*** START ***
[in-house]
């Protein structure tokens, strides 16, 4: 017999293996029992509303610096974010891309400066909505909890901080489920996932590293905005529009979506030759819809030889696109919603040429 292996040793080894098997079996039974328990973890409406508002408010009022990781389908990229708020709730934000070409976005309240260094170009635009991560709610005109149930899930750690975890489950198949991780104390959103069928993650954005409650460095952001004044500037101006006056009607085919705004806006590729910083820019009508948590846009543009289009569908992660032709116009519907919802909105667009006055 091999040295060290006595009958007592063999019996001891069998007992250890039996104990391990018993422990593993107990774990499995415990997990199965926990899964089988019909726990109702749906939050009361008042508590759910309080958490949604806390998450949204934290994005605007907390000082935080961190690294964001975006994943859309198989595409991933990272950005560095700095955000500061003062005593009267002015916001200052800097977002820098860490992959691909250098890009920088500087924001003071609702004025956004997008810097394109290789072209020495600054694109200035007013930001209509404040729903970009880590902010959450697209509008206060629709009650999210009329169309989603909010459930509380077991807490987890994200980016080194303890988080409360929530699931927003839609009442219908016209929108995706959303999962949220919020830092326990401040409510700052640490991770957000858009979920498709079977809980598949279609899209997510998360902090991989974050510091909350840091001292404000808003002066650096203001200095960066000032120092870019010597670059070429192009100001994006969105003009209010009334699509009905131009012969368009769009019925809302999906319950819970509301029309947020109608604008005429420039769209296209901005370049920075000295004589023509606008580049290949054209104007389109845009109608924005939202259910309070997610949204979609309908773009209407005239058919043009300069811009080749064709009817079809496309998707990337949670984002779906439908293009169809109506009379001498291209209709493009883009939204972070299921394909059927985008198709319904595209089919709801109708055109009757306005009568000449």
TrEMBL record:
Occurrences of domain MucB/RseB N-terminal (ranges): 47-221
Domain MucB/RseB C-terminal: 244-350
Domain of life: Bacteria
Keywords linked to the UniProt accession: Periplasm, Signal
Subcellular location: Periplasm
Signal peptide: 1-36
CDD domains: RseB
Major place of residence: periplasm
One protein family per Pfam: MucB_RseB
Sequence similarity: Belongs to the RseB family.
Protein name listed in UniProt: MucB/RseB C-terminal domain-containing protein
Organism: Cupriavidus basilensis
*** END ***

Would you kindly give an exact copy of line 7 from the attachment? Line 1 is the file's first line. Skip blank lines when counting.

Keywords linked to the UniProt accession: Periplasm, Signal